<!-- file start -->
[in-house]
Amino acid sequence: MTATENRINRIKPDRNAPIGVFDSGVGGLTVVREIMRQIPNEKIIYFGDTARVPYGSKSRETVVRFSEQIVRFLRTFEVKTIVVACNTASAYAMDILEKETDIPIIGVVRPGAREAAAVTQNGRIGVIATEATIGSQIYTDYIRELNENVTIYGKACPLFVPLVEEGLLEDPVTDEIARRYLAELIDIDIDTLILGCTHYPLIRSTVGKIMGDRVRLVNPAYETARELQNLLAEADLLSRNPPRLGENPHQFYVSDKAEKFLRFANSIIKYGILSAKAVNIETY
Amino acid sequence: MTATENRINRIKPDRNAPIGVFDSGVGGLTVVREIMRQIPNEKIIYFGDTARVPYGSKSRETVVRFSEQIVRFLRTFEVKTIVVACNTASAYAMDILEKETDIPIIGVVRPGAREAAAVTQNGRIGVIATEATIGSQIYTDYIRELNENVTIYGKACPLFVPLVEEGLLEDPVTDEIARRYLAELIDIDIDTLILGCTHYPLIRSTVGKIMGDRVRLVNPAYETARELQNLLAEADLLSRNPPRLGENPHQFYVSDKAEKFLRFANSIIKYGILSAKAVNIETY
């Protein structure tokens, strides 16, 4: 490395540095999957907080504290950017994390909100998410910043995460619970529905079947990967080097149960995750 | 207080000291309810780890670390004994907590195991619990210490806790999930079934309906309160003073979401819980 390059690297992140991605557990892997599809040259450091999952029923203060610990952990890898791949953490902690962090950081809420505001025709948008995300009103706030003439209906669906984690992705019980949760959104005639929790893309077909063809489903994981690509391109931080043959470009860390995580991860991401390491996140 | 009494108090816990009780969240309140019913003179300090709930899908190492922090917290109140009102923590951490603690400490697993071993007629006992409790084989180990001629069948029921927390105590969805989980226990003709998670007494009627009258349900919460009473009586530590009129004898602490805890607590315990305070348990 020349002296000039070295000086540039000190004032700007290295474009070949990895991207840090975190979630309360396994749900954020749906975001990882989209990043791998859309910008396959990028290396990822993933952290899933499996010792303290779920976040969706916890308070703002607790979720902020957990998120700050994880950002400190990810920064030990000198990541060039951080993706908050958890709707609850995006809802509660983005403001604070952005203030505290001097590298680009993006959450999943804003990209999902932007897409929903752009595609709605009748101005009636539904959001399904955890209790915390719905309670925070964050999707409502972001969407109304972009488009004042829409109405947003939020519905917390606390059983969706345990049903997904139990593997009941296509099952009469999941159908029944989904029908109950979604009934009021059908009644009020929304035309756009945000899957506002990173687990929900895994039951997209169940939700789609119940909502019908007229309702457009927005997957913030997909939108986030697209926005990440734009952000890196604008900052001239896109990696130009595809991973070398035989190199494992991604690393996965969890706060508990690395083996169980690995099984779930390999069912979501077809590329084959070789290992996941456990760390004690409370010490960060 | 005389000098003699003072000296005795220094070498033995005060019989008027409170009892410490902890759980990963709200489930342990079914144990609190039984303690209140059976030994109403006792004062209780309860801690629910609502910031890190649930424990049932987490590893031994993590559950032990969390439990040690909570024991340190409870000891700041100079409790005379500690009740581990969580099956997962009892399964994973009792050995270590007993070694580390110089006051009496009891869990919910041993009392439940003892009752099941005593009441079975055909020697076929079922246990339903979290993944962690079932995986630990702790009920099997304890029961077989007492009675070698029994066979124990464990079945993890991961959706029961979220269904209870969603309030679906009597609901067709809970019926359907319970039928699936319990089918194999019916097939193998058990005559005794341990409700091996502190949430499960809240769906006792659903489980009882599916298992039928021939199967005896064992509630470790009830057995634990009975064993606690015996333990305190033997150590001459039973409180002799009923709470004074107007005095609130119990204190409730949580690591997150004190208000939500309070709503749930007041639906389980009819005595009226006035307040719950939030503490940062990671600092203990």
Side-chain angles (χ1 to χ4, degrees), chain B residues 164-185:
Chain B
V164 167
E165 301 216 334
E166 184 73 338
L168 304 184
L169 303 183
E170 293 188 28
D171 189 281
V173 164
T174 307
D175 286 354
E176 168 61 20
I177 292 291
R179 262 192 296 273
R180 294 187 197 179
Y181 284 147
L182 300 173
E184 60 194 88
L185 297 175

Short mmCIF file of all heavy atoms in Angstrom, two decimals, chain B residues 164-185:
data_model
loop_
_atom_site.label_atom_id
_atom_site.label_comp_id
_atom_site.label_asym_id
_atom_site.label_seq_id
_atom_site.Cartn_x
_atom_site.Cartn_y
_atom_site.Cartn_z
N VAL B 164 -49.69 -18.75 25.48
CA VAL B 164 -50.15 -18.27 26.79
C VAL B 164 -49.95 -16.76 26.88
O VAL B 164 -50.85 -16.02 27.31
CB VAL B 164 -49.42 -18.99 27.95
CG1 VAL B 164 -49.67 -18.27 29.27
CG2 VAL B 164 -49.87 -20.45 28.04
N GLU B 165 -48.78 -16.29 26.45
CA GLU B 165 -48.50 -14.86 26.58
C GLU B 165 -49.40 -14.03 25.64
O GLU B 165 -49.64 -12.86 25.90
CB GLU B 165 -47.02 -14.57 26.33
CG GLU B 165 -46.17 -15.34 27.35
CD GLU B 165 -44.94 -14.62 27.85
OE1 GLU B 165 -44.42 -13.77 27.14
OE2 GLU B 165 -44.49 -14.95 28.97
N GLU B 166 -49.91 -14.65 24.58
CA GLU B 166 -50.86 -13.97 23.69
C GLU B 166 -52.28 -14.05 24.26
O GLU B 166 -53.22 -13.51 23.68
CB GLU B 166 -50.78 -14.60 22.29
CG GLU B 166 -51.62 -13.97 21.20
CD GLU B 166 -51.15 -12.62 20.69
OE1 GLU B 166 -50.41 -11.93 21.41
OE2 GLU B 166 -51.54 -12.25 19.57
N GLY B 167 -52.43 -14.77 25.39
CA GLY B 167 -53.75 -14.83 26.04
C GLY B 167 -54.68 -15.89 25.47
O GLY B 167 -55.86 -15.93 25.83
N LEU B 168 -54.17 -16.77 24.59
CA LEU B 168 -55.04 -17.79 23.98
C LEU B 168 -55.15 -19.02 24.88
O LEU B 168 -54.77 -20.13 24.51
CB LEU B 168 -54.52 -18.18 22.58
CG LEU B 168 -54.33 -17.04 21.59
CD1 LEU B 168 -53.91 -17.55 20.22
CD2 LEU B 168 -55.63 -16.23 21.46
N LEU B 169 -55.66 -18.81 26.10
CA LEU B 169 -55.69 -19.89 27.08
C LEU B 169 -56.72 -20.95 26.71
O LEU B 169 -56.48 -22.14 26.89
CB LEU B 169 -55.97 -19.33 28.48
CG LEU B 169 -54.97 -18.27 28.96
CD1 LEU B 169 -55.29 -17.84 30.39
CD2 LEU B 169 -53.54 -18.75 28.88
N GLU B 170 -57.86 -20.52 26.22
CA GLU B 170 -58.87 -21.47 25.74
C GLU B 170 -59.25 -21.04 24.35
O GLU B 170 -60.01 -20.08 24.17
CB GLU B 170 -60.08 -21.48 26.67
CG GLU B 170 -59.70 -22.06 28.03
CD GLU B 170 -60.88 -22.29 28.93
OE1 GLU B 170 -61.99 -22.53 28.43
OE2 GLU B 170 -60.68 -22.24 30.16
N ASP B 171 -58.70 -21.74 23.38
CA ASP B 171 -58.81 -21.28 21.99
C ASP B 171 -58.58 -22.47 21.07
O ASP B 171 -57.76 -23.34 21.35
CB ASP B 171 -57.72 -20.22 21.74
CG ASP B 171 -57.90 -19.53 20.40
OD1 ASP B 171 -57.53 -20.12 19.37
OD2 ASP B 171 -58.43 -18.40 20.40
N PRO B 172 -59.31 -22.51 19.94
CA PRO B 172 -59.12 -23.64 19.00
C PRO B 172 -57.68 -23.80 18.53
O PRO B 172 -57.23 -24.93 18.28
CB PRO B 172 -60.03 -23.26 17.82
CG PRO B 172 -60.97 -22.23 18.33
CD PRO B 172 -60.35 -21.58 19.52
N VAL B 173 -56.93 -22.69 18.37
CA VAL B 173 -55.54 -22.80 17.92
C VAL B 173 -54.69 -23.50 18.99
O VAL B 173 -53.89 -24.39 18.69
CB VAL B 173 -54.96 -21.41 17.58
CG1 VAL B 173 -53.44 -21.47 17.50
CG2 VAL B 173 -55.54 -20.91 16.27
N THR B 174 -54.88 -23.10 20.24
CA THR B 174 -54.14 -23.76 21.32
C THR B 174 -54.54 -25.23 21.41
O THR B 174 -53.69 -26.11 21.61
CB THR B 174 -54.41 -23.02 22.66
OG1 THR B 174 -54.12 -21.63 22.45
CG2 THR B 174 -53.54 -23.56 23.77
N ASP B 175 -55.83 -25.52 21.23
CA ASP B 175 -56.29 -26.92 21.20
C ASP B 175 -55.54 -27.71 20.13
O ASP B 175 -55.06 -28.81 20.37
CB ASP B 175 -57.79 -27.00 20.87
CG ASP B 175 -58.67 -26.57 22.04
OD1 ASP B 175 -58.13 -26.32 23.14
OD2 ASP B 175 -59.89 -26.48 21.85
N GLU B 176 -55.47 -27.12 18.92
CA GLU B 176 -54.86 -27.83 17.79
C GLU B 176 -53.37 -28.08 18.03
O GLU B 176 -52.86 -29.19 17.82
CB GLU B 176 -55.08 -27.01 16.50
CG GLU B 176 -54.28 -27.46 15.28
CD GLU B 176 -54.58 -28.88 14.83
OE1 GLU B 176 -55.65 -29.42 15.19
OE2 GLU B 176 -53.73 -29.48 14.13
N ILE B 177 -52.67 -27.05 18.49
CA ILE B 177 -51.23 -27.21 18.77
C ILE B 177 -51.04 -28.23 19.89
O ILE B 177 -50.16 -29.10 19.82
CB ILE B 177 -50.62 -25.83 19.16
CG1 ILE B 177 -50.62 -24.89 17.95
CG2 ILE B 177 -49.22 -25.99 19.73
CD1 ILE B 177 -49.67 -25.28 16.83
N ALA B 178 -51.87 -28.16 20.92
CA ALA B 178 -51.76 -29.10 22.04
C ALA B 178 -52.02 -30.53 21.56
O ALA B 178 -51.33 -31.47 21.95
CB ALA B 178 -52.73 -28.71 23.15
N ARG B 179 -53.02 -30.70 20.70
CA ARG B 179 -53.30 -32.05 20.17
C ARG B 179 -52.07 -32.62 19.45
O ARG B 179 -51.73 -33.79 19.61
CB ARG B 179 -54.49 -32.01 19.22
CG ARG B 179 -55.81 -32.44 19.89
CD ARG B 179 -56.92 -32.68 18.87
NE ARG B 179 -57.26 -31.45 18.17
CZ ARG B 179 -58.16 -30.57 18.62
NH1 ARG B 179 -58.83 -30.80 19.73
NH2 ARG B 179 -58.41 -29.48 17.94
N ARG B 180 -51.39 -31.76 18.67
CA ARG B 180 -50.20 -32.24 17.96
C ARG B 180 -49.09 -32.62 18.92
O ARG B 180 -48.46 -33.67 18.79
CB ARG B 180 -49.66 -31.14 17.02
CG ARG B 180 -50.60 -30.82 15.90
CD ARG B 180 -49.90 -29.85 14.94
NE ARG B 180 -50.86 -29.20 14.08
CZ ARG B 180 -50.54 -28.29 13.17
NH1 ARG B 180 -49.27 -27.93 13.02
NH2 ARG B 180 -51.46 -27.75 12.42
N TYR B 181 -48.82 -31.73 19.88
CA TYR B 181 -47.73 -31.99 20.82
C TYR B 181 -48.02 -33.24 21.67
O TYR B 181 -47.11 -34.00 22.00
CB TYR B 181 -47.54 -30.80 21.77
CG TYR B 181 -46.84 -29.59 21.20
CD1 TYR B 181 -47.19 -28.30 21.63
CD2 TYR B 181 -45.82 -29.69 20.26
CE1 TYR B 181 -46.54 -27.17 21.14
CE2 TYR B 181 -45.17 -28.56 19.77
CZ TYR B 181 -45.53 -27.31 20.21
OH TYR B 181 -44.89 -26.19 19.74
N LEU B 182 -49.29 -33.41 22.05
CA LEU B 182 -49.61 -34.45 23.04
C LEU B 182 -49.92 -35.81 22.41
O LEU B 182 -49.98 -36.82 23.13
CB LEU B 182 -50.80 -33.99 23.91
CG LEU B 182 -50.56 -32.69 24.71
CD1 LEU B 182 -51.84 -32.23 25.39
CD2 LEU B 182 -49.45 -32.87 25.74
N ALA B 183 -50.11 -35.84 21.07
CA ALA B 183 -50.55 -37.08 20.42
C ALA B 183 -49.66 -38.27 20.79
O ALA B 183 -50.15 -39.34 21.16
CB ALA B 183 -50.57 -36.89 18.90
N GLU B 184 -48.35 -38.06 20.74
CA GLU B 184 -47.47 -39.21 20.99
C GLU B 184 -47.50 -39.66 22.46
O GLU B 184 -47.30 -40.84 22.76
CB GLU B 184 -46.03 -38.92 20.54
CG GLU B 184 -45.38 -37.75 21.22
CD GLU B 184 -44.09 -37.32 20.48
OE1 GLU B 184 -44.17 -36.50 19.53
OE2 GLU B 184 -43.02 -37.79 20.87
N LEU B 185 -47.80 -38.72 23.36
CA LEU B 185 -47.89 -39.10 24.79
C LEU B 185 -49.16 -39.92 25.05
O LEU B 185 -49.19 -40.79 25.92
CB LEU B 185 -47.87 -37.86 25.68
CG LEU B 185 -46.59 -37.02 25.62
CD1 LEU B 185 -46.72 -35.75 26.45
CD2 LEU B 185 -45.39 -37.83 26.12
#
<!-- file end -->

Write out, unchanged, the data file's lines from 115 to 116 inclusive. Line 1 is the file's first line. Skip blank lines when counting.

CB THR B 174 -54.41 -23.02 22.66
OG1 THR B 174 -54.12 -21.63 22.45